EY has released a report today called Women in Leadership – in his own words. It is based on interviews with nine leading Australian business leaders in the public and private sectors. It found that, while gender equity is a national imperative, our progress is still hamstrung by bias and ingrained cultural and organisational beliefs.
The situation is uniquely acute in Australia. Currently, we have both one of the world’s lowest rates of educated women participating in the workforce and one of the world’s highest rates of female education. Here’s what they had to say about the fact we are getting the world’s worst return on the multi-billion dollar investment we make in female education every year.
“Australia has a very small population compared with other countries. If we are to remain competitive, we must use our entire population to look for talent. From both a social justice perspective and from a practical standpoint of wanting the best person for the job, I think it’s frankly ridiculous that we only appoint senior people from 49% of the population.”
David Gonski Chairman Coca-Cola Amatil, Investec (Australia), Ingeus
“To me, productivity is really about three things: being more innovative, helping more people get into and stay in the workforce and, most of all, it’s about helping people achieve their full potential. What does that have to do with gender equity? Well, everything. We know innovation comes with diversity of thinking. We know diversity in executive teams and in the boardroom helps drive better financial results. We know the rise in female employment has boosted Australia’s economy by 22% per cent since 1974. And we know closing the gap between male and female employment rates would boost GDP by up to 13%. That’s why it makes economic sense for Australia.”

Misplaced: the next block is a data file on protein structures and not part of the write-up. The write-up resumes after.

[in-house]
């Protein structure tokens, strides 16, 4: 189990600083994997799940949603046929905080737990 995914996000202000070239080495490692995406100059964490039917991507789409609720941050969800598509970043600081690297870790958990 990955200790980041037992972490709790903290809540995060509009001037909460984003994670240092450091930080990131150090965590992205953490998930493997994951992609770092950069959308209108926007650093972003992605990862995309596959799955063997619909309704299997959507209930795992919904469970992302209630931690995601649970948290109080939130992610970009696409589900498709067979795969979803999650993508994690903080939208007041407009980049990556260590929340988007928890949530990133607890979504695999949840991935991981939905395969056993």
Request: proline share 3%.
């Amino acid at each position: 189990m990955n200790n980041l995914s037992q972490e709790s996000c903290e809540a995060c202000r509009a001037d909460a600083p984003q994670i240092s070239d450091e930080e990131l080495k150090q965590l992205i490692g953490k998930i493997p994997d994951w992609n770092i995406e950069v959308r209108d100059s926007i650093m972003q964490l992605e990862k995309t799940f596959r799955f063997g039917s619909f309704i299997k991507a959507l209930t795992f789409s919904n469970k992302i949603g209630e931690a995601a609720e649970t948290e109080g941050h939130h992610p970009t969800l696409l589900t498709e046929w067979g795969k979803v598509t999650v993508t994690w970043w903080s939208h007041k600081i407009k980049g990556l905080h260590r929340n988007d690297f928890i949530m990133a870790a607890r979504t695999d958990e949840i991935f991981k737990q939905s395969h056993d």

Brian Hartzer Westpac’s Chief Executive, Australian Financial Services
“We have a majority of women securing very good university degrees and going into business, yet they are significantly under-represented in executive suites and on boards. How can you deny people the opportunity to make the best of their skills? How can you have so many talented people available to the country and not use them?”
Dr Simon Longstaff St James Ethics Centre Executive Director
“I am all for businesses doing good deeds, but this isn’t in the ‘good deed’ category. This is in the ‘you’ve got to get this right’ category.”
Ian Narev Commonwealth Bank of Australia CEO
“It allows you to tap into an unbelievable talent pool. If you don’t, you’re fishing in a very small pond. There’s a solid business case for diversity. Companies that embrace inclusion and diversity outperform the rest of the market. It makes you better at planning, making decisions, managing risk, driving innovation and implementing strategy. It’s better for our customers, employees and shareholders.”
Alan Joyce Qantas CEO